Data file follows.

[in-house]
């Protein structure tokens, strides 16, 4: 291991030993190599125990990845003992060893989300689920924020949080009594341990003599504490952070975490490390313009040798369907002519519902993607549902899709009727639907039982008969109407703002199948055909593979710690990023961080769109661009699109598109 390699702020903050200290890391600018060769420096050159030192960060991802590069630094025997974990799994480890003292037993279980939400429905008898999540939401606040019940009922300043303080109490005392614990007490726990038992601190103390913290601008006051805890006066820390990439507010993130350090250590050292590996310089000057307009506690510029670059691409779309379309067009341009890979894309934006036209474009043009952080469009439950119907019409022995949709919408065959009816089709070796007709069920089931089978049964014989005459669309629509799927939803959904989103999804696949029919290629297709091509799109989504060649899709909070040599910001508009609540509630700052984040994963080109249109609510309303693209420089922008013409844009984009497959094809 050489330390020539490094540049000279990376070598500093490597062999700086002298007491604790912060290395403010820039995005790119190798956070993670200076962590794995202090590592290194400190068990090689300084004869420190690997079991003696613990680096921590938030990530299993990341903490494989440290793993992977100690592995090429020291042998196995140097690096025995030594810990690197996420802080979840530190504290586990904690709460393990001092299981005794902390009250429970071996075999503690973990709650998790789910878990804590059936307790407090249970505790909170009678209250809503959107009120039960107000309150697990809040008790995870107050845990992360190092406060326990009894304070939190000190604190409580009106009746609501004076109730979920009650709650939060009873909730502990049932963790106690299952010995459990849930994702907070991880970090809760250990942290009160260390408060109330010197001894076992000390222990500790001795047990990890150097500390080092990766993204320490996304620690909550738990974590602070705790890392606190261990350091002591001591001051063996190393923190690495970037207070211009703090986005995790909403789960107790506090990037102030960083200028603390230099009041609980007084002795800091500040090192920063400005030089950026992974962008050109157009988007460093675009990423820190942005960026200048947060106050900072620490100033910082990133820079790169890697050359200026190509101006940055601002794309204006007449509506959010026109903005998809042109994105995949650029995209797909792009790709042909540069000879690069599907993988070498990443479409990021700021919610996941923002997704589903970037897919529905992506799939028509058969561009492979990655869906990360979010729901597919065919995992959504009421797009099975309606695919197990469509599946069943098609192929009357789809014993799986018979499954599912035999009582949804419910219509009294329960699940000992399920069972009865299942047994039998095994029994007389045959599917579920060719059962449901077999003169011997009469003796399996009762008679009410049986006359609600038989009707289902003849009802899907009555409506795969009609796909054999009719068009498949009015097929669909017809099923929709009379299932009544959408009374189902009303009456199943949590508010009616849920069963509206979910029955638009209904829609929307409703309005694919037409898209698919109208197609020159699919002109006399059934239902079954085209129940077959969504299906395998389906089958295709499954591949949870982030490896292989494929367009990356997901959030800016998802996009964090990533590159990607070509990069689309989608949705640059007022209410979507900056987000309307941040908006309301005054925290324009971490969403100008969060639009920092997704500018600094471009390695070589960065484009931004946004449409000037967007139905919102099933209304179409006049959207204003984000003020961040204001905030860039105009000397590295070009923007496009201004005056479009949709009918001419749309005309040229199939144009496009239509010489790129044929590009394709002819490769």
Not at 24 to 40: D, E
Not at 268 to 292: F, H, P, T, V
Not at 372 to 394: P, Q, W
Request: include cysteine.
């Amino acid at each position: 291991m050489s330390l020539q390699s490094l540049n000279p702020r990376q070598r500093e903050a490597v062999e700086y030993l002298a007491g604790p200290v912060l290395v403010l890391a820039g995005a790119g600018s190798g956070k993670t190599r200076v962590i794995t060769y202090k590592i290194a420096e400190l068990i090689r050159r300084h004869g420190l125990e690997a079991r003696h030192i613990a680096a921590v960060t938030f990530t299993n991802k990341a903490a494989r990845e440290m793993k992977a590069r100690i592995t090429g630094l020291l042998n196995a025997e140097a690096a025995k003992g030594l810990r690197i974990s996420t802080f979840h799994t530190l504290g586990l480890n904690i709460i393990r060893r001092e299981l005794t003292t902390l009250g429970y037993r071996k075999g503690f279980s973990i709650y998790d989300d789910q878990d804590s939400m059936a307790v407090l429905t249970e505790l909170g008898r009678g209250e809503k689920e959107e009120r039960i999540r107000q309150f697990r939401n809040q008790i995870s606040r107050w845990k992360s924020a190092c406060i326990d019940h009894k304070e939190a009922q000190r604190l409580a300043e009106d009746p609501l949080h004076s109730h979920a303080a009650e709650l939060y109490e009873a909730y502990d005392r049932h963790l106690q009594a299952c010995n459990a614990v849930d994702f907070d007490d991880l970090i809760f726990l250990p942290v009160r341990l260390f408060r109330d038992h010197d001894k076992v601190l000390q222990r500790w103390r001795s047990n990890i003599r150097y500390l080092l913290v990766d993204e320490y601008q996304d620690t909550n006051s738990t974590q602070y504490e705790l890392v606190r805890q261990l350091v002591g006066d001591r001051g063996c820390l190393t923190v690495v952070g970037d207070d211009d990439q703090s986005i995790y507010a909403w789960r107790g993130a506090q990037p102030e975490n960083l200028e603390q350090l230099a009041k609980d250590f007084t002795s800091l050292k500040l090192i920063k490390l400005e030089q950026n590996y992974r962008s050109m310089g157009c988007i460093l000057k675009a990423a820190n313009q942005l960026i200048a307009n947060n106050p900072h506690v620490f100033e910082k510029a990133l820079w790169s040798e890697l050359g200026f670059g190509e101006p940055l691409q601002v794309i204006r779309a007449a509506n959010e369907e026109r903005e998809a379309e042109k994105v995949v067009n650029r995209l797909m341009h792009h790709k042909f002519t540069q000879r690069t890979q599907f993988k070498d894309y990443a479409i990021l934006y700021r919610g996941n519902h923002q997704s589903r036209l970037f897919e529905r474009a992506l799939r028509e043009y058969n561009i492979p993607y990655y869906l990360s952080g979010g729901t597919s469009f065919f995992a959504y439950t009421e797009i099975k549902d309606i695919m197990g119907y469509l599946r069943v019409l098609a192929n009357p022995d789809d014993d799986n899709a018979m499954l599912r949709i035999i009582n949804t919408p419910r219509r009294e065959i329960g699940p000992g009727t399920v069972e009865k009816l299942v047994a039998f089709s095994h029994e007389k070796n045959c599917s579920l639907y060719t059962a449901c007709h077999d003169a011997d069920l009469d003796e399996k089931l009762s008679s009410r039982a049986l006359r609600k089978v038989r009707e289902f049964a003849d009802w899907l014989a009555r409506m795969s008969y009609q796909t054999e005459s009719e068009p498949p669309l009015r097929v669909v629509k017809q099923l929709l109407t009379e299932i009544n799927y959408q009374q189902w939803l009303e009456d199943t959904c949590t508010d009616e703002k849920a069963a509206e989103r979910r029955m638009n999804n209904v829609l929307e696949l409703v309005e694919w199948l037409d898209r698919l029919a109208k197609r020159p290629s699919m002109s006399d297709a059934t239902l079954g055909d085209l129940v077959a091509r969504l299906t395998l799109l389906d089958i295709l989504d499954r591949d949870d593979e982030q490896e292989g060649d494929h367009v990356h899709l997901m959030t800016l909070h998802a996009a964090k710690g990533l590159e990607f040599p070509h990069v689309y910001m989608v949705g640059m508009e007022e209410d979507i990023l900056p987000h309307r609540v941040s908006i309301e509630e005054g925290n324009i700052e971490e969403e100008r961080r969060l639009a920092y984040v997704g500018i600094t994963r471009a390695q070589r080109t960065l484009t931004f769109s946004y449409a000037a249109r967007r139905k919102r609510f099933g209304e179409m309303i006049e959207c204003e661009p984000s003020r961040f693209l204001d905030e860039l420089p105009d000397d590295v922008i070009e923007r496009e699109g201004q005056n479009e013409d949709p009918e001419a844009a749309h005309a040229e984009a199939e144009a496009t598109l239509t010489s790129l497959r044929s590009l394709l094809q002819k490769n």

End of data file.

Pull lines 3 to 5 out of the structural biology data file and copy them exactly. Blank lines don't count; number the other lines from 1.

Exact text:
Not at 24 to 40: D, E
Not at 268 to 292: F, H, P, T, V
Not at 372 to 394: P, Q, W